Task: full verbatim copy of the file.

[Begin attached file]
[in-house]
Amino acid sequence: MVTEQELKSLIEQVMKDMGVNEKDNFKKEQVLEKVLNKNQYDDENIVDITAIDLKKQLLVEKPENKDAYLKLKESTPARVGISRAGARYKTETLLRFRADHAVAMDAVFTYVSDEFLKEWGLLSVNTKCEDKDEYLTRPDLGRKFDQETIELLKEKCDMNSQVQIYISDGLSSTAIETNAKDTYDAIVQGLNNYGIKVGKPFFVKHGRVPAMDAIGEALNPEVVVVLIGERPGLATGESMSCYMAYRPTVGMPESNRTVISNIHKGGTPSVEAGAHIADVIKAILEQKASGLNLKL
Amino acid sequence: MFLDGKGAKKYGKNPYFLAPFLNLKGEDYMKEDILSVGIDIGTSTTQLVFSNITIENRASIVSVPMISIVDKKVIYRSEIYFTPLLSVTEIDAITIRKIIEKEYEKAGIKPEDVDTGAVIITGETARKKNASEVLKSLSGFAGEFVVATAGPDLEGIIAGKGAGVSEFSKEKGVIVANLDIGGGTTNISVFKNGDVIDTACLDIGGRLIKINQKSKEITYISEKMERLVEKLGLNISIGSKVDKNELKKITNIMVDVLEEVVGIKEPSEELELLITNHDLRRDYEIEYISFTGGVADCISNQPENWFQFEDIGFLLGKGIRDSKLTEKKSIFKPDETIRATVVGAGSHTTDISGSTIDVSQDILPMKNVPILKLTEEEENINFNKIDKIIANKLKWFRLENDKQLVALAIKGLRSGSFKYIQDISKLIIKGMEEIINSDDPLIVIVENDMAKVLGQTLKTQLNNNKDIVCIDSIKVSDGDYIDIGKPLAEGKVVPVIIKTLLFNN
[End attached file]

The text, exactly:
[in-house]
Amino acid sequence: MVTEQELKSLIEQVMKDMGVNEKDNFKKEQVLEKVLNKNQYDDENIVDITAIDLKKQLLVEKPENKDAYLKLKESTPARVGISRAGARYKTETLLRFRADHAVAMDAVFTYVSDEFLKEWGLLSVNTKCEDKDEYLTRPDLGRKFDQETIELLKEKCDMNSQVQIYISDGLSSTAIETNAKDTYDAIVQGLNNYGIKVGKPFFVKHGRVPAMDAIGEALNPEVVVVLIGERPGLATGESMSCYMAYRPTVGMPESNRTVISNIHKGGTPSVEAGAHIADVIKAILEQKASGLNLKL
Amino acid sequence: MFLDGKGAKKYGKNPYFLAPFLNLKGEDYMKEDILSVGIDIGTSTTQLVFSNITIENRASIVSVPMISIVDKKVIYRSEIYFTPLLSVTEIDAITIRKIIEKEYEKAGIKPEDVDTGAVIITGETARKKNASEVLKSLSGFAGEFVVATAGPDLEGIIAGKGAGVSEFSKEKGVIVANLDIGGGTTNISVFKNGDVIDTACLDIGGRLIKINQKSKEITYISEKMERLVEKLGLNISIGSKVDKNELKKITNIMVDVLEEVVGIKEPSEELELLITNHDLRRDYEIEYISFTGGVADCISNQPENWFQFEDIGFLLGKGIRDSKLTEKKSIFKPDETIRATVVGAGSHTTDISGSTIDVSQDILPMKNVPILKLTEEEENINFNKIDKIIANKLKWFRLENDKQLVALAIKGLRSGSFKYIQDISKLIIKGMEEIINSDDPLIVIVENDMAKVLGQTLKTQLNNNKDIVCIDSIKVSDGDYIDIGKPLAEGKVVPVIIKTLLFNN